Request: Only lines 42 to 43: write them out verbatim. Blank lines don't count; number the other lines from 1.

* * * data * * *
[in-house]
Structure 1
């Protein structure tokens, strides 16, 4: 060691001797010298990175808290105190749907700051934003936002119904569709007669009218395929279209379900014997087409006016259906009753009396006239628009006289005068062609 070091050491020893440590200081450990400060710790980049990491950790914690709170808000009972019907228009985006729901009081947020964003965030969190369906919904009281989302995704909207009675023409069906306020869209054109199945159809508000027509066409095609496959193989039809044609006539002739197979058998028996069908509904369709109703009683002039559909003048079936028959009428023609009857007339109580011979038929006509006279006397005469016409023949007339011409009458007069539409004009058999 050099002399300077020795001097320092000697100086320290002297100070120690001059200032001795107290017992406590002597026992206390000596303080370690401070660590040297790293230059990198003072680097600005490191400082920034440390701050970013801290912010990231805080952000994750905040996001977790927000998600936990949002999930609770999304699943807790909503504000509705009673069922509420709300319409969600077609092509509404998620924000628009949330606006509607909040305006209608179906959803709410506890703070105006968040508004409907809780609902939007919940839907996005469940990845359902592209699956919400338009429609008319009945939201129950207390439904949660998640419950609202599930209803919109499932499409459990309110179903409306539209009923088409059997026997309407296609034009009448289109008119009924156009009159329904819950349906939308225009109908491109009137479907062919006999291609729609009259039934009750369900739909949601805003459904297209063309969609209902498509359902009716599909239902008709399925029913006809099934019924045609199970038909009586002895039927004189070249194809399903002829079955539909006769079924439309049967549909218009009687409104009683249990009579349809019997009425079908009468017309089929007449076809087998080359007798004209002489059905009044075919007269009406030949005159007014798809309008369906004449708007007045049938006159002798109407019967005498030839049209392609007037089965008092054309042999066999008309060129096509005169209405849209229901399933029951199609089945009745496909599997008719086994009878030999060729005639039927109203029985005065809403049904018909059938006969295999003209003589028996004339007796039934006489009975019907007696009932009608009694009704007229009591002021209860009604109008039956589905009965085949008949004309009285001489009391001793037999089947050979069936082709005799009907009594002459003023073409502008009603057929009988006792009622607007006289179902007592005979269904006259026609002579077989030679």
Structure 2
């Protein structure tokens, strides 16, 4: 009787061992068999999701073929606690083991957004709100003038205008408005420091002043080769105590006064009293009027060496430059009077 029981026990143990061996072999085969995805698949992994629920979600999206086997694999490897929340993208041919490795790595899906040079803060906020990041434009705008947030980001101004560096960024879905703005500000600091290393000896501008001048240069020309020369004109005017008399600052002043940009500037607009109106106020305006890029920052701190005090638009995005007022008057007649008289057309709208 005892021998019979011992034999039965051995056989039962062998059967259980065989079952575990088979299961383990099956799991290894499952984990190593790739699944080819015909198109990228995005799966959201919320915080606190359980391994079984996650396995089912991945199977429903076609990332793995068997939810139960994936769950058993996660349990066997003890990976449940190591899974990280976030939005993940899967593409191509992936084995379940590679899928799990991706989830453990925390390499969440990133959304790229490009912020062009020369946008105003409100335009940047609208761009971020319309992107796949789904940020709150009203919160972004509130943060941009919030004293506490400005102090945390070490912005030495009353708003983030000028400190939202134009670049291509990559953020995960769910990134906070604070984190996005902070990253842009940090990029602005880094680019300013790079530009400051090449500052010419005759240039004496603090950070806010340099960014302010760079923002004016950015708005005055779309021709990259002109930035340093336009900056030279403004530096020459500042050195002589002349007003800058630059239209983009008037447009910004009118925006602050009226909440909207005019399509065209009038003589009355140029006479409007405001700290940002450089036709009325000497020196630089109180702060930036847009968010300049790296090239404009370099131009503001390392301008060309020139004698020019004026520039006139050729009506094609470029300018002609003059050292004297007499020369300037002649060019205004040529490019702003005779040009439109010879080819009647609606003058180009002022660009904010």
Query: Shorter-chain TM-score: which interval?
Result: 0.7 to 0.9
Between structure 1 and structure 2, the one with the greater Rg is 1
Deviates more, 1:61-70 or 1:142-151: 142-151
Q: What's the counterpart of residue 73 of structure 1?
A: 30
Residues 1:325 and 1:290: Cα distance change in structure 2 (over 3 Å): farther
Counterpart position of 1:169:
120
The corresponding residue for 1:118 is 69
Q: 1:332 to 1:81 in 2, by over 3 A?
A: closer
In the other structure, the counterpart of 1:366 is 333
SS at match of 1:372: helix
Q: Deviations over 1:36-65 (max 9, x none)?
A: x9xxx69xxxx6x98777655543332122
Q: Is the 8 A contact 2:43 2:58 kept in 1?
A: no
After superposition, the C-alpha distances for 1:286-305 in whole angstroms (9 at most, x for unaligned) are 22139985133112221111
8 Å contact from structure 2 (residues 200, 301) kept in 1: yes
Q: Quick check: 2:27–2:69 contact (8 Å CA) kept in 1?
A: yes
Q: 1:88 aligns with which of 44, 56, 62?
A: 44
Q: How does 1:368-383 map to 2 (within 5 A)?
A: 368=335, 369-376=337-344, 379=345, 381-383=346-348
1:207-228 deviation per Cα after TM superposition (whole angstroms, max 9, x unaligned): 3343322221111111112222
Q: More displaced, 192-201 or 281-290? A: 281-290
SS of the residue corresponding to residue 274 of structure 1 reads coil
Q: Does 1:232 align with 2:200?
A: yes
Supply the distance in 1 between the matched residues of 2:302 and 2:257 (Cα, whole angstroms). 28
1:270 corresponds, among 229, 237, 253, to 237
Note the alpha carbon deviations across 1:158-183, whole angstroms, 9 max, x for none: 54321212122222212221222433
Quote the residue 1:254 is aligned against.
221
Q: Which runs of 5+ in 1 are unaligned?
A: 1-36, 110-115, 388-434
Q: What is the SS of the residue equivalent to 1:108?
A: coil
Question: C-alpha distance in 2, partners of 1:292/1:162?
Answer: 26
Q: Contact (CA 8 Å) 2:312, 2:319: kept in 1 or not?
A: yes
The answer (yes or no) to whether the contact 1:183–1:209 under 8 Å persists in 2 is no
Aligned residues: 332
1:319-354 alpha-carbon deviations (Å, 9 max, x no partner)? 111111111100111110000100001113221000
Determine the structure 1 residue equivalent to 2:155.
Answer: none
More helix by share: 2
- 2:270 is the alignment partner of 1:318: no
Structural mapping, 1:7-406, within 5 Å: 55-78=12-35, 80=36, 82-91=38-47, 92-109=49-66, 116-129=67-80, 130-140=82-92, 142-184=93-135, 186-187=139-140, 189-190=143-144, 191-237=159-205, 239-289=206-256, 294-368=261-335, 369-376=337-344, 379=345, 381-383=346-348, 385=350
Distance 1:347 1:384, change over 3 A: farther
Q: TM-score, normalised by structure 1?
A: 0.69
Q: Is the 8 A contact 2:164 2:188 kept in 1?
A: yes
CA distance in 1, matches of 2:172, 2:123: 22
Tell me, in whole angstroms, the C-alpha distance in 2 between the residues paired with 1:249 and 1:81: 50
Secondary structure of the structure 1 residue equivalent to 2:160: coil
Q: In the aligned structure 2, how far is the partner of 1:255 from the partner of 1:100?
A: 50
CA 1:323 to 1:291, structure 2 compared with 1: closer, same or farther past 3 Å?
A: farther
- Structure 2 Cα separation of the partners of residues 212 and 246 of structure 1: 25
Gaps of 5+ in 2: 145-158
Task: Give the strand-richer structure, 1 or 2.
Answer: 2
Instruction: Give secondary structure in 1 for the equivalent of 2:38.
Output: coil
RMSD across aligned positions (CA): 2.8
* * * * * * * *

Q: Which runs of 5+ in 1 are unaligned?
A: 1-36, 110-115, 388-434